Nigeria’s fastest man, Seye Ogunlewe on The Guardian TV

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My performance wasn't what I expected but I'll be back stronger, says Nigeria's fastest man
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My performance wasn't what I expected but I'll be back stronger, says Nigeria's fastest man
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• Says I will tell Buhari to put best sports system in place if I meet him

The 2016 Rio Olympic Games has come and gone, but for Nigeria’s fastest man, Seye Ogunlewe, the memories will continue to linger on. Ogunlewe became Nigeria’s most sought-after athlete, when he stunned a strong field in the men’s 100m final at the National Championships held in Warri, Delta State, racing to his first national title with a time of 10.19s. It equaled his Season’s Best (SB). He retained his 100m title during the All Nigerian Open championship held in Sapele, also in Delta State, few weeks to the Rio Olympics.

But before Team Nigeria departed for Rio, only a few athletics followers in the country expected much from the likes of Ogunlewe, Ogho-Oghene Egwero and even Blessing Okagbare-Ighoteguonor based on a number of factors arising mainly from poor preparation of the team by the government.

However, some of the athletes were able to brave all odds when hostilities began in Rio. They include long jump sensation, Ese Brume, who made it to the final and finished fifth in the midst of top stars, while another young athlete, Divine Oduduru, made big headline when he finished second behind World’s fastest man, Jamaica’s Usain Bolt on his way to the semifinal in the 200m.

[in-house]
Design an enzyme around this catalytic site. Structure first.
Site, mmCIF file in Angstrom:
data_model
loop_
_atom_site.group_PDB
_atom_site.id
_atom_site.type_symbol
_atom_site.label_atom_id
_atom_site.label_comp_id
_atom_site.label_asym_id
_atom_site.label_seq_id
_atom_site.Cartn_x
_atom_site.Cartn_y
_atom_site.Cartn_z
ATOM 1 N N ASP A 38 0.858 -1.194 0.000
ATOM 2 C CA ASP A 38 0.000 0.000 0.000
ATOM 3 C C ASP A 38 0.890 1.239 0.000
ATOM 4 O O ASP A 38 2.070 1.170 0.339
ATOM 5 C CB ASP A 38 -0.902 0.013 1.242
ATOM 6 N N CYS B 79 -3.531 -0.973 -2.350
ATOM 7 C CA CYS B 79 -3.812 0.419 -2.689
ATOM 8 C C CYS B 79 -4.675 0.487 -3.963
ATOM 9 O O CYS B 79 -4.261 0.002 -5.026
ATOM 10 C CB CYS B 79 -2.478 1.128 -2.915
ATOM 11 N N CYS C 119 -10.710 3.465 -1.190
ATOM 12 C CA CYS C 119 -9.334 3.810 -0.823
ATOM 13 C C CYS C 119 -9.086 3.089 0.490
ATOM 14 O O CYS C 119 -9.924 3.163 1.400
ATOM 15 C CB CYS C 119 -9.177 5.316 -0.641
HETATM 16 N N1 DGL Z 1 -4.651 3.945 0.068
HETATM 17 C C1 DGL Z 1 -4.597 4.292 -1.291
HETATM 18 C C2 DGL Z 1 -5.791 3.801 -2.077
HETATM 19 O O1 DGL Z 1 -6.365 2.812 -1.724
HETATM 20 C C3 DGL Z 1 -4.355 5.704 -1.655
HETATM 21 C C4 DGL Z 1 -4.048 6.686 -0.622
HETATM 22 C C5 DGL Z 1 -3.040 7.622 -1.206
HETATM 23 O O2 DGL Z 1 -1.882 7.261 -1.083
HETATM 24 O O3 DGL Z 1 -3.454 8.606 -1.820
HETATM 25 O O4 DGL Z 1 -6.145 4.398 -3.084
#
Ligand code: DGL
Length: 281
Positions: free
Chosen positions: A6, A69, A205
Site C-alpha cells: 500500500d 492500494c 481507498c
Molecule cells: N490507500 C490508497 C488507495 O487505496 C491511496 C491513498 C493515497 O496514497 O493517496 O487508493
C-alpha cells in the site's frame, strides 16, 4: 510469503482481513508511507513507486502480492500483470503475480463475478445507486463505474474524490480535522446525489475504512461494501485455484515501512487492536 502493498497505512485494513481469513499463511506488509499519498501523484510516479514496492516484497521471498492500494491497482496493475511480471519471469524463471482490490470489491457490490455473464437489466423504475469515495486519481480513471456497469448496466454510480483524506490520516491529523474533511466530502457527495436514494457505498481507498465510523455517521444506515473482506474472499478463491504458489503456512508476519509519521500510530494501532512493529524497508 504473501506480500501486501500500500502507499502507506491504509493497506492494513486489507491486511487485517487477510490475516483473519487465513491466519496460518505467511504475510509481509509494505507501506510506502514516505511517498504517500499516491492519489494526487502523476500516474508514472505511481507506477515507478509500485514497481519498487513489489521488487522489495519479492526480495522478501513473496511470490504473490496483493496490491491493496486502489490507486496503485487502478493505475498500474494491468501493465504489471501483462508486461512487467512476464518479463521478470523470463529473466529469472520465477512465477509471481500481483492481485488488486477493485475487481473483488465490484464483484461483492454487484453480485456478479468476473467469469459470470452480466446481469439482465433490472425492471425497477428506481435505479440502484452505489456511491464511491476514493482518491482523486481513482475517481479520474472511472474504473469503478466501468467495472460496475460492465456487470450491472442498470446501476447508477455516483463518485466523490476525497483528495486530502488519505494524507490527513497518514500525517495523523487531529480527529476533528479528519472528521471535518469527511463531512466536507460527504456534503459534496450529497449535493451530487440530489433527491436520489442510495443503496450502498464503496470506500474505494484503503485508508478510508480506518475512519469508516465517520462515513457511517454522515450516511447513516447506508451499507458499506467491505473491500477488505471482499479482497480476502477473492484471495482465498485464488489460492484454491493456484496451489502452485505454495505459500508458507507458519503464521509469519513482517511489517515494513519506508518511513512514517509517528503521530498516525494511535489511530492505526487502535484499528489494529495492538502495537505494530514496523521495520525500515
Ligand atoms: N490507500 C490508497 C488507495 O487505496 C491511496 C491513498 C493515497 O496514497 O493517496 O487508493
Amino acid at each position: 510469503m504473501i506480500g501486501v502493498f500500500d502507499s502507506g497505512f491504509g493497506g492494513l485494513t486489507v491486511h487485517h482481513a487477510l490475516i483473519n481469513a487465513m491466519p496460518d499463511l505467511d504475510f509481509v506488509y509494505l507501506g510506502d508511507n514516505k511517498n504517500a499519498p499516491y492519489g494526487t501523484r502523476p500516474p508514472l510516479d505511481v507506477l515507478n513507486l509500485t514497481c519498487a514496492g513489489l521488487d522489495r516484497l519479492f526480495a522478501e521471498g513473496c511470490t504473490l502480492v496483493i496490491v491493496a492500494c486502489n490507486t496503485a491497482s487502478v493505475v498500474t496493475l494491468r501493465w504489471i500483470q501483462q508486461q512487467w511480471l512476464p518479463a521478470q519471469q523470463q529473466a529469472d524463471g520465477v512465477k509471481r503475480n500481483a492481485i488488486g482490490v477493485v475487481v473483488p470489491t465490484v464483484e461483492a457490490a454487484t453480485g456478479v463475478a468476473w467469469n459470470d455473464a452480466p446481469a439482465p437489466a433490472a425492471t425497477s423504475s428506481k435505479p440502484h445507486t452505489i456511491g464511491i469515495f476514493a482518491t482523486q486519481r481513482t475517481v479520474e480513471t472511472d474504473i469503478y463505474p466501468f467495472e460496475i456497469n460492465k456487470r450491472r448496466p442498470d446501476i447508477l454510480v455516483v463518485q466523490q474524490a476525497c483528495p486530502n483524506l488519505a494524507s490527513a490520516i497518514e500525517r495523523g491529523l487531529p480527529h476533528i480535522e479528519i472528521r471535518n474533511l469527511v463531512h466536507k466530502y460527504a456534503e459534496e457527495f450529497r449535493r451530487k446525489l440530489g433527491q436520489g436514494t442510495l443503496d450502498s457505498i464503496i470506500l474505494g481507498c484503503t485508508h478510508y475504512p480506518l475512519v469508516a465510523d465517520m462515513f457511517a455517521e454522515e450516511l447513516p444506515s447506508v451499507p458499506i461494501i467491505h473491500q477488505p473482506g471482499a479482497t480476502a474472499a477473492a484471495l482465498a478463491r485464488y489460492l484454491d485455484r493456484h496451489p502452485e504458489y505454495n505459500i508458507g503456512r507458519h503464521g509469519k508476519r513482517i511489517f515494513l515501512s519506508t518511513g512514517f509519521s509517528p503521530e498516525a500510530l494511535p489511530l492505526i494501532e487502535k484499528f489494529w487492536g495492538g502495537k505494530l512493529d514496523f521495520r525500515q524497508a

It was not so good for the United Kingdom (UK)-based Ogunlewe, who could not make it to the semi-finals of the 100m in Rio, as he crashed out in the heat where he ran 10.26s and finished fourth.

With the Rio Olympic Games over, Ogunlewe says preparation for the next Olympic Games should begin in earliest. He wants Nigerian government to emulate the school programmes put in place by their Jamaican counterparts, which he said, is the brain behind their success story in athletics.Speaking on The Guardian TV on Wednesday in Lagos, Ogunlewe said: “If I have the opportunity of meeting with President Muhammadu Buhari, I will tell him to put in place the best sports system for Nigerian athletes so that there will be no room for excuses in the future.

“There are a lot of talents in Nigeria, and with the best physiotherapist, nutritionist and others, our athletes can rule the world the same way the Jamaicans are doing at the moment. You don’t stumble on medals by chance. You don’t just wake up and pick a gold or silver medal from the ground. You have to work for it and it takes a long process and resources.

“At the moment, we have the best crop of athletes coming from Jamaica because there is a system in place. The Jamaican government put in place a school system that is working very well for the country. It enables the coaches to catch the athletes early, and before you know it, they start getting the results. That is what our government should do for us because the Jamaican athletes have just one head like us. Before you know it, Tokyo 2020 Olympics is here and we will still be talking or thinking of what to do. This is the time to plan ahead if we must achieve anything in 2020,” he stated